Section 9
Chapter 8,599

Embryonic entorhinal transplants partially ameliorate the deficits in spatial memory in adult rats with entorhinal cortex lesions

Zhou, W.; Jiang, D.; Raisman, G.; Zhou, C.

Brain Research 792(1): 97-104


ISSN/ISBN: 0006-8993
PMID: 9593841
DOI: 10.1016/s0006-8993(98)00125-5
Accession: 008598577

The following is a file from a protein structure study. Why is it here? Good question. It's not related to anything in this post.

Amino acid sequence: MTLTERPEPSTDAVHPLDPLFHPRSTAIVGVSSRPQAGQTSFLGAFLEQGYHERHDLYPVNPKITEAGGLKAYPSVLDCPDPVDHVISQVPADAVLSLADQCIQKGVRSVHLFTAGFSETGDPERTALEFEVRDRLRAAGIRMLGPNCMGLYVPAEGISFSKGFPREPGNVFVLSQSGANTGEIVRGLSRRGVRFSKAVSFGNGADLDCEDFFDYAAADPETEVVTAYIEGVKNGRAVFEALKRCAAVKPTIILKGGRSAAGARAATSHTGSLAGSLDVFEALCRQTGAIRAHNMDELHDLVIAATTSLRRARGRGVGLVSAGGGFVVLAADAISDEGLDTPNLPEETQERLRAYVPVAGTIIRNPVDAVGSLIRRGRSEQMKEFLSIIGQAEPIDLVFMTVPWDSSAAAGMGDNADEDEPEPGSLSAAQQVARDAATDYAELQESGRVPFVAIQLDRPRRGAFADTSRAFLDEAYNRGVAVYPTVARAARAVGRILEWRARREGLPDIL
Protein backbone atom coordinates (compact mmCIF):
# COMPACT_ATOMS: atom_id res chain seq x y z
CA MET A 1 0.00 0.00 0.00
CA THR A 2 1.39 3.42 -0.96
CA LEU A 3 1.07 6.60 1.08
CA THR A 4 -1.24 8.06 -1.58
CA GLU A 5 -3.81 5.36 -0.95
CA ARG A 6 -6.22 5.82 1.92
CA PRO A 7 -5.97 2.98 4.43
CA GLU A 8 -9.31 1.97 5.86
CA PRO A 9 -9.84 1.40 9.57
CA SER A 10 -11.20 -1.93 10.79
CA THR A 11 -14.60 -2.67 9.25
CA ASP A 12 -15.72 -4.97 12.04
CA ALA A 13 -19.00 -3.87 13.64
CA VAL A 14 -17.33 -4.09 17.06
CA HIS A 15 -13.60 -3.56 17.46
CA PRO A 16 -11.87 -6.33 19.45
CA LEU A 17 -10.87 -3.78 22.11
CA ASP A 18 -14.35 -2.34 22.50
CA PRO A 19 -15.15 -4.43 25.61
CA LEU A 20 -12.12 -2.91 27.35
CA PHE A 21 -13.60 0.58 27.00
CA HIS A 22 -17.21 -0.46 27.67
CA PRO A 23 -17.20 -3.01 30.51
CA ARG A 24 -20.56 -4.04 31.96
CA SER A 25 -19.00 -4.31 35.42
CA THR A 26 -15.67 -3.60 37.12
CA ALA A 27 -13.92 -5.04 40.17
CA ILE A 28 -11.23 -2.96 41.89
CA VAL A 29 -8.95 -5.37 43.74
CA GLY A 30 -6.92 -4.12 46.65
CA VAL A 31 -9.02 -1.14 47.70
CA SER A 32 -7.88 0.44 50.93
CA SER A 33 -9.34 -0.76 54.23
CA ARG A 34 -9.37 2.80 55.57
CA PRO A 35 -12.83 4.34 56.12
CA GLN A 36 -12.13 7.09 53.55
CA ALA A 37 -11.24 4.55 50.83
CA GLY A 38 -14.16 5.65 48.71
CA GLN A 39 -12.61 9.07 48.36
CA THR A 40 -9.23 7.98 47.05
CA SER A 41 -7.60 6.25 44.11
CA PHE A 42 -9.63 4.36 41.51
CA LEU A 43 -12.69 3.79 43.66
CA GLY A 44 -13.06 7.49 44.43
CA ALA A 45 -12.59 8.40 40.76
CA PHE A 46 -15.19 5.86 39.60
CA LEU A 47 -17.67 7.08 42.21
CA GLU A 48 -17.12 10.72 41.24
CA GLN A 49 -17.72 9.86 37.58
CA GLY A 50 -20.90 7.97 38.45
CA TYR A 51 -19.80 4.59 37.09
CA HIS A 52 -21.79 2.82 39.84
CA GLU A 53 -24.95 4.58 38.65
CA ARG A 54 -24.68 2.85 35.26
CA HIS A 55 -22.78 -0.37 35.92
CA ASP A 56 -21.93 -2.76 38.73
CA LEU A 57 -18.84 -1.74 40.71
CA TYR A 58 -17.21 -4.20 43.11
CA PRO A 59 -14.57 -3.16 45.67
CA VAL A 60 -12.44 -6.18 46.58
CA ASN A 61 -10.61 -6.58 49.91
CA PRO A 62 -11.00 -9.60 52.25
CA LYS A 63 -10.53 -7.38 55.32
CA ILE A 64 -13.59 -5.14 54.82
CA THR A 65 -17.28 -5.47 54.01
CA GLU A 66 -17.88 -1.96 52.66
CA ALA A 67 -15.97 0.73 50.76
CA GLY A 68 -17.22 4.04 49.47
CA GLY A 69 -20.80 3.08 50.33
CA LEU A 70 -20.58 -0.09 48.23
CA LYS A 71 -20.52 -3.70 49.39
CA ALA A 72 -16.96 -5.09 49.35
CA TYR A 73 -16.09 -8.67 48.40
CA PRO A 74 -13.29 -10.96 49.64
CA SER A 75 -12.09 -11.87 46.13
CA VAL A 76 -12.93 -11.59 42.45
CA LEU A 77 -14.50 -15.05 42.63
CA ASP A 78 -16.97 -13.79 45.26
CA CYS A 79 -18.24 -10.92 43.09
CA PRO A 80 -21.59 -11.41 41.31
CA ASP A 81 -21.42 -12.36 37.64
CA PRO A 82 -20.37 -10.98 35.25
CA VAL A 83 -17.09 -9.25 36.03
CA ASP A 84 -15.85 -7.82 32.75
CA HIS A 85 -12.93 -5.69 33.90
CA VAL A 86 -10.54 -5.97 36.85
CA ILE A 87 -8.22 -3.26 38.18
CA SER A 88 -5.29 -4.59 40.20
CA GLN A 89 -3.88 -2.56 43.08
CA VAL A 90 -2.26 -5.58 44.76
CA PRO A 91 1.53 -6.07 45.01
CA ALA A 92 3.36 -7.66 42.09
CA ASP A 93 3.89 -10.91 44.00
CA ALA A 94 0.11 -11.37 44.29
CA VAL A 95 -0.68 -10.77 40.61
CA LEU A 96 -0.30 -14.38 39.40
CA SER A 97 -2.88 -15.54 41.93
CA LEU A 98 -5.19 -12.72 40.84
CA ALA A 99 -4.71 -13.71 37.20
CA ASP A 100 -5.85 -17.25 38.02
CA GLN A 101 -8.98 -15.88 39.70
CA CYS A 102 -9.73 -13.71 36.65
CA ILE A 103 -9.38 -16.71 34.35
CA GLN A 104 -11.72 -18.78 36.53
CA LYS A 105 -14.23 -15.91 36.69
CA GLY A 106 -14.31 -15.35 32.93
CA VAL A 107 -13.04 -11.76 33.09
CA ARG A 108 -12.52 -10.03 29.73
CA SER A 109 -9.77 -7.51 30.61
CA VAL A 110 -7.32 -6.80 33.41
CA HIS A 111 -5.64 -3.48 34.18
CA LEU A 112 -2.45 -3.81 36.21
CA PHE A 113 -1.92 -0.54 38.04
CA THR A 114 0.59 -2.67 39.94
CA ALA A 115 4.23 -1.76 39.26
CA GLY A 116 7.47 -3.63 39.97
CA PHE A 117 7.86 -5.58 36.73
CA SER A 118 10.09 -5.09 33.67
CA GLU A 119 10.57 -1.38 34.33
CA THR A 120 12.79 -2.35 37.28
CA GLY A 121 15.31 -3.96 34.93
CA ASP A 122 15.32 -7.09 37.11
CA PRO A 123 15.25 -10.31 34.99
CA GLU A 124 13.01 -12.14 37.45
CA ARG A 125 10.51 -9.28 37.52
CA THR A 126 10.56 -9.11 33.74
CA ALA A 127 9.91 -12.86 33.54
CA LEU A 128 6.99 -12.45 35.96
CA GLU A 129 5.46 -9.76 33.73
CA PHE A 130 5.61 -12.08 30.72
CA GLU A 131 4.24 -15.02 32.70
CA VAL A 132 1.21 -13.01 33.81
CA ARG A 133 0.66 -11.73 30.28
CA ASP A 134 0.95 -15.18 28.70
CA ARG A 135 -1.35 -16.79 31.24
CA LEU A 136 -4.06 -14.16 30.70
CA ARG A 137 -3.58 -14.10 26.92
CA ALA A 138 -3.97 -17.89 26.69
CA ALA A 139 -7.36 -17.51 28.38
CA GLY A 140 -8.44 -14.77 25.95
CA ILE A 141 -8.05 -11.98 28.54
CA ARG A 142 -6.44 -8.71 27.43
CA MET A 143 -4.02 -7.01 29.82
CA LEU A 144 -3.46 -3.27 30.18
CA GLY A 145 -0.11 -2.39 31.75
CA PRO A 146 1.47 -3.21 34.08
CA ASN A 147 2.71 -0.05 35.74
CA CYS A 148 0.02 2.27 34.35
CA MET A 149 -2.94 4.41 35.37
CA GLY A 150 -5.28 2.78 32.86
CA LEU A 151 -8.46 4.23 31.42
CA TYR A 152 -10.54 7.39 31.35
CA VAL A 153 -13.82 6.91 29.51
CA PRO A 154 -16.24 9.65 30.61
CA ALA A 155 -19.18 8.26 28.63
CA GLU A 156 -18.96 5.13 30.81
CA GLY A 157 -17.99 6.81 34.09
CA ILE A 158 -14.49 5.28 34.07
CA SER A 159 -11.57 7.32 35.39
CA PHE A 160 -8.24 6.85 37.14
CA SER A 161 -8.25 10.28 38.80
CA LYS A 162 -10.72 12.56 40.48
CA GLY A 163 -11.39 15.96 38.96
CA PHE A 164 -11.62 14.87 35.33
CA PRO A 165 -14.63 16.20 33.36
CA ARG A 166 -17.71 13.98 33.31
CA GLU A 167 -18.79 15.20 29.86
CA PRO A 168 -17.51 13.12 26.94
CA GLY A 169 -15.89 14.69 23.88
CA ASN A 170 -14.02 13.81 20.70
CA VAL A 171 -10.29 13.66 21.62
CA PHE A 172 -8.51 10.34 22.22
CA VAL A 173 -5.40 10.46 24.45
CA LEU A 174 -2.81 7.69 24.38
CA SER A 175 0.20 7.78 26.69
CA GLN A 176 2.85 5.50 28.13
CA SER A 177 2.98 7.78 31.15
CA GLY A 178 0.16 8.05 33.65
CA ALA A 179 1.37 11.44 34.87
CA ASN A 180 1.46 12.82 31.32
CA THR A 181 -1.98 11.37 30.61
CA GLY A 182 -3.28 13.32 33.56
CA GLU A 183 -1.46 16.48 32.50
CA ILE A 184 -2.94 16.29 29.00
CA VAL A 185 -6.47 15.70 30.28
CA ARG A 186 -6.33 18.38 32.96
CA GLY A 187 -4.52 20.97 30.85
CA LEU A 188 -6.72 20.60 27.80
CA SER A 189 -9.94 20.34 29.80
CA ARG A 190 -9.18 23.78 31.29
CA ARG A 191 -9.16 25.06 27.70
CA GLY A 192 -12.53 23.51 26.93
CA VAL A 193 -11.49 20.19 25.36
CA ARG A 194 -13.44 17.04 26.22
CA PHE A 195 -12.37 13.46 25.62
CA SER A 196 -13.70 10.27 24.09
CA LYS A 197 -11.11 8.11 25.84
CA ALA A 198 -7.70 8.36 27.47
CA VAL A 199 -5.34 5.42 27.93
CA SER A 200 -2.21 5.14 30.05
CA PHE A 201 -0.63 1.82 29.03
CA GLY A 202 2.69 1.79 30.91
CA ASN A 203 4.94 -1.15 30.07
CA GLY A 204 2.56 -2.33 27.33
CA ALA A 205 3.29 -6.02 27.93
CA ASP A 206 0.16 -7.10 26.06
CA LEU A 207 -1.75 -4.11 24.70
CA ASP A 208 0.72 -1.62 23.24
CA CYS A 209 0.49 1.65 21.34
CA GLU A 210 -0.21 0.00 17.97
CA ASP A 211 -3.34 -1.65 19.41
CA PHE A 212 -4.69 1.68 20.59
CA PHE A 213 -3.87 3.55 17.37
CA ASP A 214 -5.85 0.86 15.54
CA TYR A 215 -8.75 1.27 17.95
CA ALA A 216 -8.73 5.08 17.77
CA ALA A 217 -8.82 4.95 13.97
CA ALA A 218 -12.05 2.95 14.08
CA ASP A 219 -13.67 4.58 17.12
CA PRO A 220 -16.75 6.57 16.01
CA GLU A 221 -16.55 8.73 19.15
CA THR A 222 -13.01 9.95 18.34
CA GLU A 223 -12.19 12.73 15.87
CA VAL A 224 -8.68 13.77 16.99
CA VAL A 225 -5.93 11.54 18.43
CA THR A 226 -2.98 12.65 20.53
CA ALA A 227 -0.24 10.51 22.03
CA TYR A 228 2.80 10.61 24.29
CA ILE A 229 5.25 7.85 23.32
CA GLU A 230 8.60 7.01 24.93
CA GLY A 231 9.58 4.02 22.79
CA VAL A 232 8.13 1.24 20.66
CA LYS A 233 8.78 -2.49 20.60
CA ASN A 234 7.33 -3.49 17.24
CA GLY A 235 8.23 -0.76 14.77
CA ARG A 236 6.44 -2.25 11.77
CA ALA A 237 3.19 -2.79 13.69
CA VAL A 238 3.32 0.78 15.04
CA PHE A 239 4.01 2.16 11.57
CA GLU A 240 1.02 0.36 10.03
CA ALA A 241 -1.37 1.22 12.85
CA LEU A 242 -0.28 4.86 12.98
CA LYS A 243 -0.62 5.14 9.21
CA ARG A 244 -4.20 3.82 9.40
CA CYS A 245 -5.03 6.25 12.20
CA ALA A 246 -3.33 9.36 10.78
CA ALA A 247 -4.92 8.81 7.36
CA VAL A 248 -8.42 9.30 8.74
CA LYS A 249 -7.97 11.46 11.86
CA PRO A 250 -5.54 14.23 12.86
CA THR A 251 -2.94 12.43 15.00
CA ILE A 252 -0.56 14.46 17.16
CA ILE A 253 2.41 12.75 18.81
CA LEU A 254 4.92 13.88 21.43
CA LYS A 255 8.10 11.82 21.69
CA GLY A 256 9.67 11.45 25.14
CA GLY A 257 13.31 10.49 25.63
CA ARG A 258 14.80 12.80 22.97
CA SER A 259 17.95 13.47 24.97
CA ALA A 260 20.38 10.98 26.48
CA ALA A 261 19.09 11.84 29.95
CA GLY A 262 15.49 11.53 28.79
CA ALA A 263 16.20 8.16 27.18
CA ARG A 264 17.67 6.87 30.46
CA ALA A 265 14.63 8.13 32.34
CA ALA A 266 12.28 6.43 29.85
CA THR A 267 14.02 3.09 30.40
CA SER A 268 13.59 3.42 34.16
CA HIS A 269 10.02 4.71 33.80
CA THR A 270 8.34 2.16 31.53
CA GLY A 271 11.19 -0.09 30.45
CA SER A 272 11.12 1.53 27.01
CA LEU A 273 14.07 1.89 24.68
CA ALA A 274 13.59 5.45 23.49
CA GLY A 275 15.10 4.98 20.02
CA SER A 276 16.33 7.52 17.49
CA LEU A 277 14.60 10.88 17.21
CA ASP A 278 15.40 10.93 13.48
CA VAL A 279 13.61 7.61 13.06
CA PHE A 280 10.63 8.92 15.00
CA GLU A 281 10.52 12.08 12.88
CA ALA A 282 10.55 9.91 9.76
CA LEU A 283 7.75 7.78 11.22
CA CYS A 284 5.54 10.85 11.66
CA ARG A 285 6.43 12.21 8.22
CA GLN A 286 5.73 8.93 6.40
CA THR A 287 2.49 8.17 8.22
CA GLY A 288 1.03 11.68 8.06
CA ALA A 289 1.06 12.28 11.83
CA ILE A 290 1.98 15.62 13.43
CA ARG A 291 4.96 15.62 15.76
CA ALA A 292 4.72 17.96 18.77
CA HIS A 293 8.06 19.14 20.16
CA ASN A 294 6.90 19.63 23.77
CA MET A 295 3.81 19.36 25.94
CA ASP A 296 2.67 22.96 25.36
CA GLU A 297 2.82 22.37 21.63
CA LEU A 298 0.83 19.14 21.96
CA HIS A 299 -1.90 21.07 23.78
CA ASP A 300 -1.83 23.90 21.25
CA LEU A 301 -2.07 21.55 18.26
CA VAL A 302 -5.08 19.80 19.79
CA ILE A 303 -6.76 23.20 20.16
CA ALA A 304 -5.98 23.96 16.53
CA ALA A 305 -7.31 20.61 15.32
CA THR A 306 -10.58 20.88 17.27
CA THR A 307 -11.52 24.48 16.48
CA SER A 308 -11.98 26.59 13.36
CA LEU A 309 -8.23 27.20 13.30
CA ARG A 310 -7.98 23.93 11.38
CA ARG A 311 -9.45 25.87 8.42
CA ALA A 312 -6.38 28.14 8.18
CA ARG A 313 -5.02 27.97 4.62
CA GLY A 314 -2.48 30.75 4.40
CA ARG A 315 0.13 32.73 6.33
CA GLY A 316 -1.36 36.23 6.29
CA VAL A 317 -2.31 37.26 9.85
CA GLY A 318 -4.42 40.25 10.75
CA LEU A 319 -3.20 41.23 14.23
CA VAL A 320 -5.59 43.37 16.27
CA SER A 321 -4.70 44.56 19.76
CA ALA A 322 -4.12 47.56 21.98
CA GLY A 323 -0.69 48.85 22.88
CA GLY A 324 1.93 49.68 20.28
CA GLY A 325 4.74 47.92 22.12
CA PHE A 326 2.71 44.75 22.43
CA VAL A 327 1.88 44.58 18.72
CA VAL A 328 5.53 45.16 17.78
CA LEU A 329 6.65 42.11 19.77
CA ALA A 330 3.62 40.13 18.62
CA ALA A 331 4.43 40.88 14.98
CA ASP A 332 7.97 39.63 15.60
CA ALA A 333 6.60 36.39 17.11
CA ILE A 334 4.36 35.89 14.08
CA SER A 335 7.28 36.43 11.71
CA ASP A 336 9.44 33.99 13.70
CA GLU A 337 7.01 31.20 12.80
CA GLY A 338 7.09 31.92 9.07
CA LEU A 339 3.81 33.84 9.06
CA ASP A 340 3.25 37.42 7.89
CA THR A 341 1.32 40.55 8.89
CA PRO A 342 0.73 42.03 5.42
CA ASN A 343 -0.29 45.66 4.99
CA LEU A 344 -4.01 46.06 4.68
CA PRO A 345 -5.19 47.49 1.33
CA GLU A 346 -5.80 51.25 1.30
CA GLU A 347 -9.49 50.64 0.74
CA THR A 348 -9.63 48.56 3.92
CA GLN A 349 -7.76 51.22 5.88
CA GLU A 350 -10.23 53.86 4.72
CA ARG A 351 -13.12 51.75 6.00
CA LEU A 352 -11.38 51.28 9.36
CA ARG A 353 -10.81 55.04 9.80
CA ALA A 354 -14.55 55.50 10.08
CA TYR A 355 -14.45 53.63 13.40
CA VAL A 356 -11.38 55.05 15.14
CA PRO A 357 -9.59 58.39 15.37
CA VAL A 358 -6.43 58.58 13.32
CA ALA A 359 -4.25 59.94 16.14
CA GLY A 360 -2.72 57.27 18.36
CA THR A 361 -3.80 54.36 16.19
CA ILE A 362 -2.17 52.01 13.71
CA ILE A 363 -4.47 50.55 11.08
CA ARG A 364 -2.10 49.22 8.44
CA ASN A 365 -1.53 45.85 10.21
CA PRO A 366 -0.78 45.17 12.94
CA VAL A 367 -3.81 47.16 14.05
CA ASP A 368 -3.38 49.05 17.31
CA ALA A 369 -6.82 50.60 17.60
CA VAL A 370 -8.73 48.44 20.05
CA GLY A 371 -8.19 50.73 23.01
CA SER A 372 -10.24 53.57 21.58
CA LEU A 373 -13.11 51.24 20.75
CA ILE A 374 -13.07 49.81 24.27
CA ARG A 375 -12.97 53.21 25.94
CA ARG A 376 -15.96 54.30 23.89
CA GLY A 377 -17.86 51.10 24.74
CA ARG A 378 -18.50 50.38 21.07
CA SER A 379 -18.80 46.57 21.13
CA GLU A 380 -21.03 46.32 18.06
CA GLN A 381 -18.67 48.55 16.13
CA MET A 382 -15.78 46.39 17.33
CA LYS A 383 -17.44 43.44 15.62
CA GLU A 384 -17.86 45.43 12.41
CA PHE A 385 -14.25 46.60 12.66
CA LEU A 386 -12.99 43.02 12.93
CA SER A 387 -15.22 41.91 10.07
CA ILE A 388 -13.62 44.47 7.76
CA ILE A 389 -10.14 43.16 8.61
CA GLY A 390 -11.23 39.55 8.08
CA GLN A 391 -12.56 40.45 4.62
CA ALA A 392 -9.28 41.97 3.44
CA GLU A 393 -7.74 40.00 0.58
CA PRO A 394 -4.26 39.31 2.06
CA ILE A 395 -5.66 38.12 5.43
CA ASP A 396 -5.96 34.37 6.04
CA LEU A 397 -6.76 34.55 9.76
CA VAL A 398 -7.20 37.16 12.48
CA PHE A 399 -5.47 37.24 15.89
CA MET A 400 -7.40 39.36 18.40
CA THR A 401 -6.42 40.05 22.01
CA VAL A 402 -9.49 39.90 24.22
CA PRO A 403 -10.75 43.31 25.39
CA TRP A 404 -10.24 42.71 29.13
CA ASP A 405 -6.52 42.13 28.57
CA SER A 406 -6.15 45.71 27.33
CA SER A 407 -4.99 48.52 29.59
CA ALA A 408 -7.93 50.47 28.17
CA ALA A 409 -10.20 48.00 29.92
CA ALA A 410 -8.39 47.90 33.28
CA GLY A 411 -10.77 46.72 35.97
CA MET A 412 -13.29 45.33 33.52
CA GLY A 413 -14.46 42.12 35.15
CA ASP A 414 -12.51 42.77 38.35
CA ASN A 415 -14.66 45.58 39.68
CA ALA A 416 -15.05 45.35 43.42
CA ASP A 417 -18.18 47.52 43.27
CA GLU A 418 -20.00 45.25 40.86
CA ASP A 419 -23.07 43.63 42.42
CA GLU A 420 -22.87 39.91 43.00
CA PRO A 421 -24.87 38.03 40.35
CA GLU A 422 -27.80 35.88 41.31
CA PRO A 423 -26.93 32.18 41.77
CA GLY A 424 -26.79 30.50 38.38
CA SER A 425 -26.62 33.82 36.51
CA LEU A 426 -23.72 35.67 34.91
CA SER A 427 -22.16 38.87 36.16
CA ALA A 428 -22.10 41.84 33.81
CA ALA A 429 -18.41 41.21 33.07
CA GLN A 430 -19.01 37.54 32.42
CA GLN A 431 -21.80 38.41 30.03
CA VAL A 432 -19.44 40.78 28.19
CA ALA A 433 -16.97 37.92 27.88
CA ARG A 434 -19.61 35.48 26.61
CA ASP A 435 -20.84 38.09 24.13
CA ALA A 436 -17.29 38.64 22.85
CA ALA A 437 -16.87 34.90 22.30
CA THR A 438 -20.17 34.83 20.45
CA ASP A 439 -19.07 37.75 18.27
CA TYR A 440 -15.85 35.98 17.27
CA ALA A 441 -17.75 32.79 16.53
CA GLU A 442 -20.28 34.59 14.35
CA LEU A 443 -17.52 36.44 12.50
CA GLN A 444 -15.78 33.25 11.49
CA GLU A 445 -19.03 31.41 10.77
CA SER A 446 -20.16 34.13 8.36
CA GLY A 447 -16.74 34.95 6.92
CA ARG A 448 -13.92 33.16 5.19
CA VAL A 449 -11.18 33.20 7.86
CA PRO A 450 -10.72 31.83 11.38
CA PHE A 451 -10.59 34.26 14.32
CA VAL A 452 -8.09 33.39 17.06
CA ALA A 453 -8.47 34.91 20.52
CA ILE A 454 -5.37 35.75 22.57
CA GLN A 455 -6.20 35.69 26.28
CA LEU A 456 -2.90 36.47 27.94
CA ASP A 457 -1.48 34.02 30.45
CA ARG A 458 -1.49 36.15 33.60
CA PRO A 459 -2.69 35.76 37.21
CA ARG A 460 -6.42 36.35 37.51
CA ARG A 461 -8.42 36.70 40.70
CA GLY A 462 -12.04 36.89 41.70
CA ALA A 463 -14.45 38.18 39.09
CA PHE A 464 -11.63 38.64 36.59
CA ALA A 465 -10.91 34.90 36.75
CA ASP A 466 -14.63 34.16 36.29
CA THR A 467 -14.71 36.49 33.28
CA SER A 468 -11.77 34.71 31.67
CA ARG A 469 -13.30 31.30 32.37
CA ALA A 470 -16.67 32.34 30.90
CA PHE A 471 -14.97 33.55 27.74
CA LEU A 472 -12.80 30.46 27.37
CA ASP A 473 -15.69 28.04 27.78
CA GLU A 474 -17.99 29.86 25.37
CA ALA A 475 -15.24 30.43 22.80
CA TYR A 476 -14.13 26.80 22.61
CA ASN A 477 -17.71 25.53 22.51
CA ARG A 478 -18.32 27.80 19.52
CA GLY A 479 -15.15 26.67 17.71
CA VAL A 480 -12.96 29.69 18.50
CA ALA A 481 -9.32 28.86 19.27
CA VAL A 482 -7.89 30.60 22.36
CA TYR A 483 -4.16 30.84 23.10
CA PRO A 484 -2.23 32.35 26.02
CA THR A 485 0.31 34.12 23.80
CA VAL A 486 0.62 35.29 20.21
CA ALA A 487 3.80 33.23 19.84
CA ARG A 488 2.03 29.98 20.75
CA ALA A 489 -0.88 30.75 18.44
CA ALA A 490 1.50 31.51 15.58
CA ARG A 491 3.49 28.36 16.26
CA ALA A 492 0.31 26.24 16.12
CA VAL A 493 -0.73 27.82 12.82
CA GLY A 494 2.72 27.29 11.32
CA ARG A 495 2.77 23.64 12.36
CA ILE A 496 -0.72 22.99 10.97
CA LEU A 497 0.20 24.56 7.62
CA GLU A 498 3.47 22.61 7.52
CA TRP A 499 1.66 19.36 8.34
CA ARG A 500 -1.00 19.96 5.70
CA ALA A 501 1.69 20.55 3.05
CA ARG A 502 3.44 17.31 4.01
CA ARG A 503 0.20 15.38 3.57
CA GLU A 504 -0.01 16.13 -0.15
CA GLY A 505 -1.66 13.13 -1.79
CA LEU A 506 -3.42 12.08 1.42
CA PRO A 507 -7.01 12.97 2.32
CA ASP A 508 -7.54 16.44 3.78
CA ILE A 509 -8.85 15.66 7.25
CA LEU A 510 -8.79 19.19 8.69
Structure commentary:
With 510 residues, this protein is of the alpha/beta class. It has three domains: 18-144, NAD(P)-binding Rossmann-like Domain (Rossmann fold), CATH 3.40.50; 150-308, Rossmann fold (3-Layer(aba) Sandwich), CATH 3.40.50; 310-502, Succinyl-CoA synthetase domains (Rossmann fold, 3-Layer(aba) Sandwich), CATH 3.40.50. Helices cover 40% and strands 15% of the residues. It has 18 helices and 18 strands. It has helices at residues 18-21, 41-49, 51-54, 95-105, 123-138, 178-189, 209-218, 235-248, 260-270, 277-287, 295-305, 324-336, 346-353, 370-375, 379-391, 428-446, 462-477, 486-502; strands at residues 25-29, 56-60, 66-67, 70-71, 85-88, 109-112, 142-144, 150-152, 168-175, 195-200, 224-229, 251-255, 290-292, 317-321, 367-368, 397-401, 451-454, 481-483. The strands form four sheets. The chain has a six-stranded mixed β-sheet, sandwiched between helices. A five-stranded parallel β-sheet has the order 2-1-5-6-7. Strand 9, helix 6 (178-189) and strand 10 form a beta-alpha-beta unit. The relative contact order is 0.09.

Our previous studies have demonstrated that axons from grafts of embryonic entorhinal cortex (EC) can reinnervate the deafferented zones in the hippocampus and form synaptic connections with the host dentate gyrus in adult mice and rats deprived of their own entorhinal inputs. Here, we have examined the ability of the EC grafts to ameliorate deficits in spatial memory. Three months after transplantation, the grafted rats and control animals were subjected to Morris water maze testing followed by histological examination. According to the exact position of grafts in the host brain, the rats with lesion and EC transplants were divided into two groups, one with EC grafts contacting both the hippocampus and overlying neocortex (n = 7, EC1) and another with EC grafts confined within the hippocampus (n = 6, EC2). While EC2 rats were still as impaired as those with lesion and transplants of non-entorhinal cortex (n = 10, NEC) or with lesions only (n = 7, LES), the EC1 rats performed better than the LES group. In a spatial memory trial, the EC1 group made more crossings over platform site and showed more focused search behavior than EC2, LES, NEC groups. The data suggest that EC grafts could partially ameliorate the deficit in spatial learning behavior in the EC-lesioned adult rats. The requirement for the graft to contact both the neocortex and the hippocampus suggests that the functional effects may be exerted by the formation of new neocortical-EC graft-hippocampal circuits.

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